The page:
Glick urged Spire Inc. to stop "fear mongering" that the pipeline might be shut over the winter.
"They have certainly gotten people worked up, suggesting that we're going to do something to shut off their natural gas and I think that that is beyond the pale in terms of what's appropriate advocacy," Glick said.
If FERC wanted to shut the pipeline down, it wouldn't have issued the temporary 90-day order in September, according to Glick.
Glick aims for bipartisan decisions
With Willie Phillips poised to join FERC, giving Democrats a 3-2 majority, Glick said he plans to continue working with his Republican colleagues at the agency to craft widely supported decisions.
Glick said when he started at FERC in 2017 there were times when Republican commissioners, who were in the majority, stuck together and didn't talk to the Democratic members.
"I don't think that that's a healthy approach, and I certainly don't expect or don't anticipate that we're going to do that either," Glick said.
"My goal is always to start with trying to make sure we can try to get all the votes."
Chair, Federal Energy Regulatory Commission
Glick said he has worked closely with Commissioner Christie, a Republican, to get his vote on a wide variety of issues, while Commissioner James Danly, a Republican, also joins in some of those decisions.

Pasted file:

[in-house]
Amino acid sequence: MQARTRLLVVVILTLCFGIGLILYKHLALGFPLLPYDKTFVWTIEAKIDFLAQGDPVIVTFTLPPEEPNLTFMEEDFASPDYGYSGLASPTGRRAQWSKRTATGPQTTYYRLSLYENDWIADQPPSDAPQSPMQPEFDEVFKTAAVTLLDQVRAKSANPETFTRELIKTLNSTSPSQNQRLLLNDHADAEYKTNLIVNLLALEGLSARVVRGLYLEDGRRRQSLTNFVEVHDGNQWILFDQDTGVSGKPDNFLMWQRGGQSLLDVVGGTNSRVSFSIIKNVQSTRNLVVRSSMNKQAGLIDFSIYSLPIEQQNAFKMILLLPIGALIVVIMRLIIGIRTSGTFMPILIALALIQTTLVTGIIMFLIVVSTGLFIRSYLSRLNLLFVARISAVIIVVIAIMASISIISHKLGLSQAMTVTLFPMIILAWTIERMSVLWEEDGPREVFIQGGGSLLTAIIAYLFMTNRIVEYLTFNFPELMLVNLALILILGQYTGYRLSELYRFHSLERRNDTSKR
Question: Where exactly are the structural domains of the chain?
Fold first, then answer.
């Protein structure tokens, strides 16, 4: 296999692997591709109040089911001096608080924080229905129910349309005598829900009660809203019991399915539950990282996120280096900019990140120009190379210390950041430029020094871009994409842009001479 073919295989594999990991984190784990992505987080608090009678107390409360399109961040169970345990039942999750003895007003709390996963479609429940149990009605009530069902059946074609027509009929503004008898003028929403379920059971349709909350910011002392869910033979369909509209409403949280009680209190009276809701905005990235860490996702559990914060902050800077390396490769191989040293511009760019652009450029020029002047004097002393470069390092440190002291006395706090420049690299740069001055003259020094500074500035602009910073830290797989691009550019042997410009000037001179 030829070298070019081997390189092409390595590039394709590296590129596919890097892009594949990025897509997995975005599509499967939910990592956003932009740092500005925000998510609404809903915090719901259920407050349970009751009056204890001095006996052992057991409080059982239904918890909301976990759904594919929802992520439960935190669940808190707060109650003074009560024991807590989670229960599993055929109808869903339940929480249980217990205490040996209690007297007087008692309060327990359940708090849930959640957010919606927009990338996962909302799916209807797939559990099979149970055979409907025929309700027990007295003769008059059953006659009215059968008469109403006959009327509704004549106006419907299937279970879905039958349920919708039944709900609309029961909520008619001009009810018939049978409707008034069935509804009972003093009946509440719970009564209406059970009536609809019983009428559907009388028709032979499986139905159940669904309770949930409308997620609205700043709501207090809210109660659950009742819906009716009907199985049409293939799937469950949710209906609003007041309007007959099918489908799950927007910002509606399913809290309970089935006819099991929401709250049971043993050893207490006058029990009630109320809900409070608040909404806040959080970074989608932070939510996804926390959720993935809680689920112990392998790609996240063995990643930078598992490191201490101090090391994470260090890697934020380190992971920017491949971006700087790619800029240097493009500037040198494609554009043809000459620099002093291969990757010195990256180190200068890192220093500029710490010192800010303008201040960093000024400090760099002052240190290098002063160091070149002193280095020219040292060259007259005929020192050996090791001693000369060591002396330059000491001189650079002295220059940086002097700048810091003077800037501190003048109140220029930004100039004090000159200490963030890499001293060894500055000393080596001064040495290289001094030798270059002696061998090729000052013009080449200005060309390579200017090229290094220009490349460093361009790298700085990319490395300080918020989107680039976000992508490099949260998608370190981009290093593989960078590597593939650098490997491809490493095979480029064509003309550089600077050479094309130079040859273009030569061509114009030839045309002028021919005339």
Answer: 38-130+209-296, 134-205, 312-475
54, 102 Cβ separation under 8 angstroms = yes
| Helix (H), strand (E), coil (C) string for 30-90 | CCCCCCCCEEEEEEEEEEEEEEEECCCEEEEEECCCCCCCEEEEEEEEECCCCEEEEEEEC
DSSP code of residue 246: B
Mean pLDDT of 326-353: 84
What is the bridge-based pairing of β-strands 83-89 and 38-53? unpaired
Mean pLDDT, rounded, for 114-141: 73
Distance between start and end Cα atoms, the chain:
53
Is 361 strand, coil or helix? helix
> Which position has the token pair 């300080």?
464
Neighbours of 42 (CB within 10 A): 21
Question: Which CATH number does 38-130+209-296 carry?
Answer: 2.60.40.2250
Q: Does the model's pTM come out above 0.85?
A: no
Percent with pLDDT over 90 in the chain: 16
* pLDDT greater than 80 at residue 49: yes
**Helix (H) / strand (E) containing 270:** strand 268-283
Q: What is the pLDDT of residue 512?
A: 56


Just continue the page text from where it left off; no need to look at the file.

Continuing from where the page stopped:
"My goal is always to start with trying to make sure we can try to get all the votes," Glick told the press. "In this case, all five votes when Commissioner Phillips is actually sworn in. I intend to work in a bipartisan manner and not assume because we have three Democrats that we're just going to roll the Republicans all the time. That's not the best way for FERC to operate."
In an example of how FERC commissioners don't vote in lockstep with other members of their party, Democratic Commissioner Allison Clements dissented on an order that will lower the base return on equity (ROE) for Exelon's Constellation Mystic Power subsidiary 0.2 percentage points to 9.19%.
Clements said FERC's methodology doesn't protect consumers or produce just and reasonable rates at a time when major investments in the transmission system are looming.